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Critical Reviews™ in Biomedical Engineering
SJR: 0.243 SNIP: 0.376 CiteScore™: 0.79

ISSN Imprimir: 0278-940X
ISSN On-line: 1943-619X

Volumes:
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Critical Reviews™ in Biomedical Engineering

DOI: 10.1615/CritRevBiomedEng.v36.i5-6.10
pages 305-334

Segmentation of Images of Abdominal Organs

Jie Wu
Departments of Computing and Software, , School of Biomedical Engineering; , McMaster University, Hamilton, Ontario, Canada
Markad V. Kamath
Department of Medicine, McMaster University, 1280 Main Street West, Hamilton, Ontario, L8N 3Z5 Canada
Michael D. Noseworthy
McMaster School of Biomedical Engineering, McMaster University, Hamilton, Ontario, Canada; Imaging Research Centre, St. Joseph's Healthcare, Hamilton, Ontario, Canada; Department of Radiology, McMaster University, Hamilton, Ontario, Canada; Department of Electrical and Computer Engineering, McMaster University, Hamilton, Ontario, Canada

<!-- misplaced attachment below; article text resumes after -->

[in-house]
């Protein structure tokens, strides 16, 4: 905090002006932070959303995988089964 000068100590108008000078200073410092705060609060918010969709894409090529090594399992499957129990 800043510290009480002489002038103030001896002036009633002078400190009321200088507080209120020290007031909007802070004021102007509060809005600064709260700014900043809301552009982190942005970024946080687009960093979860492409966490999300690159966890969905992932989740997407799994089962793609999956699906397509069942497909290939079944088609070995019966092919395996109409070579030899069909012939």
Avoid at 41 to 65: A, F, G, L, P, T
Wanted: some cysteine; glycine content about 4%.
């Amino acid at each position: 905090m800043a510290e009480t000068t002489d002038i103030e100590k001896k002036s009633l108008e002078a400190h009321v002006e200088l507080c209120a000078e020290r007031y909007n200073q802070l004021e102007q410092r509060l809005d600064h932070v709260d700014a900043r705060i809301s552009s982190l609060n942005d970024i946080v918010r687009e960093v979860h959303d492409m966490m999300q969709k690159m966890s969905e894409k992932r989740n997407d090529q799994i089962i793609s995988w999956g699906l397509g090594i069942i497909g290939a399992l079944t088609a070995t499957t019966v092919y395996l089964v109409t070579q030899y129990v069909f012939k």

Colm Boylan
Department of Radiology, McMaster University and St. Joseph's Health Care Hamilton
Skip Poehlman
Departments of Computing and Software, McMaster University, Hamilton, Ontario, Canada

RESUMO

Abdominal organ segmentation, which is, the delineation of organ areas in the abdomen, plays an important role in the process of radiological evaluation. Attempts to automate segmentation of abdominal organs will aid radiologists who are required to view thousands of images daily. This review outlines the current state-of-the-art semi-automated and automated methods used to segment abdominal organ regions from computed tomography (CT), magnetic resonance imaging (MEI), and ultrasound images. Segmentation methods generally fall into three categories: pixel based, region based and boundary tracing. While pixel-based methods classify each individual pixel, region-based methods identify regions with similar properties. Boundary tracing is accomplished by a model of the image boundary. This paper evaluates the effectiveness of the above algorithms with an emphasis on their advantages and disadvantages for abdominal organ segmentation. Several evaluation metrics that compare machine-based segmentation with that of an expert (radiologist) are identified and examined. Finally, features based on intensity as well as the texture of a small region around a pixel are explored. This review concludes with a discussion of possible future trends for abdominal organ segmentation.